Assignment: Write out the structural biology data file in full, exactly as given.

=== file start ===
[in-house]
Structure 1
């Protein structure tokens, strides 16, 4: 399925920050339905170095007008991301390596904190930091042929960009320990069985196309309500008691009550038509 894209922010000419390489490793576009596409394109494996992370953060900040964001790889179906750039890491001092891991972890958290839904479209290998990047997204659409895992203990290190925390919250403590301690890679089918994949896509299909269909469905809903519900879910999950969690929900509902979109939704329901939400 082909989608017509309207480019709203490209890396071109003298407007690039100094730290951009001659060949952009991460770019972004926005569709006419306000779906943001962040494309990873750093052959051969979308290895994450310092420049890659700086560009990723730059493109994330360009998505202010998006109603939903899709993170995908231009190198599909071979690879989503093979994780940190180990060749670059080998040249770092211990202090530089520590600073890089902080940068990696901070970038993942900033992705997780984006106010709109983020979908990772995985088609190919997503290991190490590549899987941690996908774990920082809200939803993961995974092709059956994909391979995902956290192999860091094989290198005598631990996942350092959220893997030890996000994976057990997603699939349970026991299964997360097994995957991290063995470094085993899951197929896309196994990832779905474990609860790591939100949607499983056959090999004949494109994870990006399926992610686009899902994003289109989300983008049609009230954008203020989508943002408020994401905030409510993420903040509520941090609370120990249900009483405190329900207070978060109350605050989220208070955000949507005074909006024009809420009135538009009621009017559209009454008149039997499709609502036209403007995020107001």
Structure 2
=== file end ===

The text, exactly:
[in-house]
Structure 1
């Protein structure tokens, strides 16, 4: 399925920050339905170095007008991301390596904190930091042929960009320990069985196309309500008691009550038509 894209922010000419390489490793576009596409394109494996992370953060900040964001790889179906750039890491001092891991972890958290839904479209290998990047997204659409895992203990290190925390919250403590301690890679089918994949896509299909269909469905809903519900879910999950969690929900509902979109939704329901939400 082909989608017509309207480019709203490209890396071109003298407007690039100094730290951009001659060949952009991460770019972004926005569709006419306000779906943001962040494309990873750093052959051969979308290895994450310092420049890659700086560009990723730059493109994330360009998505202010998006109603939903899709993170995908231009190198599909071979690879989503093979994780940190180990060749670059080998040249770092211990202090530089520590600073890089902080940068990696901070970038993942900033992705997780984006106010709109983020979908990772995985088609190919997503290991190490590549899987941690996908774990920082809200939803993961995974092709059956994909391979995902956290192999860091094989290198005598631990996942350092959220893997030890996000994976057990997603699939349970026991299964997360097994995957991290063995470094085993899951197929896309196994990832779905474990609860790591939100949607499983056959090999004949494109994870990006399926992610686009899902994003289109989300983008049609009230954008203020989508943002408020994401905030409510993420903040509520941090609370120990249900009483405190329900207070978060109350605050989220208070955000949507005074909006024009809420009135538009009621009017559209009454008149039997499709609502036209403007995020107001």
Structure 2